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He’s Home, But He’s Not Home

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When going to events or just neighborhood gatherings, I am always the one standing there; with a baby on my hip while my other 3 kids are running around my feet. I’m always the one standing there, talking to other “single” wives.  I am always the one standing there being asked, “is your husband home?” because I’m always the one standing there without him beside me.

“Is your husband home”? This is a hard question to answer. My response every time is, “he’s home, but he’s not home”.  While other military wives understand my answer, my non-military friends do not.

Yes my husband is on U.S. soil and for that I am very grateful for. But to be perfectly honest with you, he might as well be gone, because he is barely home at all. His car sits in front of our house, collecting rain spots and dust. His clothes are all neatly hung up on his side of the closet left untouched, while his shoes lay underneath perfectly lined up.  His toothbrush is missing from our sink, along with his razor and shaving cream. His cologne no longer lingers in the air.

Yes my husband is “home”, but he’s not! He isn’t home to tuck the kids into bed every night, he’s not home to take out the trash, he’s not home to kiss me and hug me when I need it most, he’s not home to help the kids with homework, and he’s not home when the entire house to include me are all having meltdowns.

When he is “home”, we try and fill up our hours together with as much as possible. We fill the time with love and laughter because we need to make those memories count and store them away for all the days, weeks and months “he is home, but he’s not home”.

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17 thoughts on “He’s Home, But He’s Not Home”

  1. Defintely a great description of our lives. I feel this way so often that I don’t often think about it or try to make sense of it. Glad to see I am not the only one who feels this way! We are all together on this one! 🙂

  2. Great post Amber. I can’t imagine how tough that is because I’ve never had to go through that but I know the days will come later on when we do have children and when my husband does leave..

    I’m sure for you, It’s nice to know that you have your “military sisters” as I like to call them, that understand what you are going through and don’t have to explain it to them (which sometimes makes it harder) like you do to your non-military friends.

    Again, great post!

  3. Ahhh, we are going to be having a lot of those days as soon as Leave is over & “prep” time begins for the “real” not home days- it stinks!!

  4. I love reading your writings. This article is the life all of us milspouses live -it’s the life I am living right now as I type this. “He’s home, but he’s not home”.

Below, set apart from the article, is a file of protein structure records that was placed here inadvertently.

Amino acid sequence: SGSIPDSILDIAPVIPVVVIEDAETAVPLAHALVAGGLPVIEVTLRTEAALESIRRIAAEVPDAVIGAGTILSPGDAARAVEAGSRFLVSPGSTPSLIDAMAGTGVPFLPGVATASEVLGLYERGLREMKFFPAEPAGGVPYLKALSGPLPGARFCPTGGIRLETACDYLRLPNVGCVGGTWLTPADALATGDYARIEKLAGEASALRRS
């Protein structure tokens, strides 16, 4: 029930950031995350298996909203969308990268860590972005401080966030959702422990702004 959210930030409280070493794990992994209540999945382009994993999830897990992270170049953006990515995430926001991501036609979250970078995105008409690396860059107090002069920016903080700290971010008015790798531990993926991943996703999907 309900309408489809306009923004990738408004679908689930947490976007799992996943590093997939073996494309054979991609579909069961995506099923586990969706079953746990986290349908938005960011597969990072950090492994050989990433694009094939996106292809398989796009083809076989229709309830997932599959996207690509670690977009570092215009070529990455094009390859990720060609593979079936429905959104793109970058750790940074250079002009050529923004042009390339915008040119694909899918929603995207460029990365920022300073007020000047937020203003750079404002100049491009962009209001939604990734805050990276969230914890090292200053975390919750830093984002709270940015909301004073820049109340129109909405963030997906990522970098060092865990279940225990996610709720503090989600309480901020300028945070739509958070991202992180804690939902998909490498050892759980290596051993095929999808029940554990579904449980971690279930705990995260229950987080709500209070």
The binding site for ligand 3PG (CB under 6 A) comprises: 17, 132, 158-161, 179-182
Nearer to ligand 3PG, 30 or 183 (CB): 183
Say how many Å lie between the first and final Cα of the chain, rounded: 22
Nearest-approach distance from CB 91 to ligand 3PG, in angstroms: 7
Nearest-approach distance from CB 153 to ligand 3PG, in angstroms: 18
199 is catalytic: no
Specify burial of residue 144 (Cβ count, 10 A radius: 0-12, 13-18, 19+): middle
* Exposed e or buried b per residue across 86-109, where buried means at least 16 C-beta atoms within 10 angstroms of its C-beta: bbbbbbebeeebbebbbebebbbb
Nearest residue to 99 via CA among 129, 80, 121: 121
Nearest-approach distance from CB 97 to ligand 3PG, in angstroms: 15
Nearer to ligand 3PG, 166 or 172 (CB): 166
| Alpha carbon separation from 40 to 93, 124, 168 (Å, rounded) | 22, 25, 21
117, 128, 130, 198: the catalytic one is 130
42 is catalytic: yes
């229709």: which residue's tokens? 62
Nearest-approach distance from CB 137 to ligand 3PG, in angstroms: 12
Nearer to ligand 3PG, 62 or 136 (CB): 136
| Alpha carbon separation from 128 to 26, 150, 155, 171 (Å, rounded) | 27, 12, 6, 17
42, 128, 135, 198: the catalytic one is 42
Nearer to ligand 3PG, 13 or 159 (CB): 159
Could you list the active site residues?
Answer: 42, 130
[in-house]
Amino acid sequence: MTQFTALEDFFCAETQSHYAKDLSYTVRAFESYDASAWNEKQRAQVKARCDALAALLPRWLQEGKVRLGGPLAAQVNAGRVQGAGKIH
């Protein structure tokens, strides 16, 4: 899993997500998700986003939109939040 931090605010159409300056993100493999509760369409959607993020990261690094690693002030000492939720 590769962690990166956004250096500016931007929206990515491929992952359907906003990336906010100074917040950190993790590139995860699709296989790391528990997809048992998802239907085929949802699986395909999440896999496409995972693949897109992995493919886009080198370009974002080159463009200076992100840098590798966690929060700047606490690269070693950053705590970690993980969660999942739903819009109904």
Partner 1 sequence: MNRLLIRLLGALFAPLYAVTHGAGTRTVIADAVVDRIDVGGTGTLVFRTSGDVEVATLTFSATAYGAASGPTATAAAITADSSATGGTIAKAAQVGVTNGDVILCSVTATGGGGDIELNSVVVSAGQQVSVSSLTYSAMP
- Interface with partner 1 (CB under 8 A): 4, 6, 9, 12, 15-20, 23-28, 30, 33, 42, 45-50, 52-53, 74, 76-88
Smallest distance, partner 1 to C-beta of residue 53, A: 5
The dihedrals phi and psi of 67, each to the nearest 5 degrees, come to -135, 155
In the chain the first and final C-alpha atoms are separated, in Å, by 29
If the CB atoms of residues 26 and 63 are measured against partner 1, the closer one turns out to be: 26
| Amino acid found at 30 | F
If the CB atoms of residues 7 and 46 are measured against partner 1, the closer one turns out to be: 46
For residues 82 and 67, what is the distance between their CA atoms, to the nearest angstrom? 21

5. I am the spouse of a retired Marine and I live this every day! Some days are better than others and those are the days I LOVE! He would much rather be in Iraq fighting the war than at home feeling like he doesn’t belong or has nothing to offer. I want to make it better but all I can do is love him. I miss him so much on the bad days!

  6. That is exactly how I have been feeling lately and it is only the beginning of workups for him to be really ‘not home’. We have been away from deployments for 3 years now so this is hitting me hard. I feel so alone sometimes and I know it will only be worse later on. I so despartely need more ‘military sisters’ but we are new to this base and it is SO hard to meet friends. Anyway I just wanted to say you are not alone. Thank you for posting this.

  7. Yup, I know that feeling. I think all mil spouses can understand that feeling. It’s funny because civilians think that “is your husband home?” is such a simple question, and they look at us like we’re crazy when it takes us an hour to answer it. Right on girl. It’s so great to hear other people talking milspouse speak. 🙂

  8. Ugh!! You nailed it. Those days are not always easy. However, very much part of our life. Mine are about to start again, soon.

    Great post. 🙂

  9. You know I honestly though it would get better or easier the “next” deployment. Knowing what to expect is half the battle – but experiencing it all over again is the other half.

  10. I know this sounds horrible, but sometimes I wish The Hubble was deployed for this very reason. When he’s deployed, it’s much easier to deal with his absence…if that makes sense. Thanks for sharing this!

  11. Wow, another great one Amber! When I saw the title I wanted to cry though…because my hubs came home four months ago and it still feels like he never came home at all….someone else who looks and smells like my husband is living here, but it’s not HIM on the inside any more. I miss him more than I can say, and it really sucks that I can sit RIGHT NEXT TO HIM and say “he’s home, but he’s NOT home”. I’m glad he finally went back to work, because I think it might help him find a new ‘normal’ but also because it justifies the loneliness. It makes SENSE to miss him if he’s physically gone (to work), but if he is here, how do I wrap my head around this empty “I miss you” feeling?

  12. I have said that exact same phrase to my civvie friends myself–and then, of course, had to spend several minutes explaining it. Well said, Amber.

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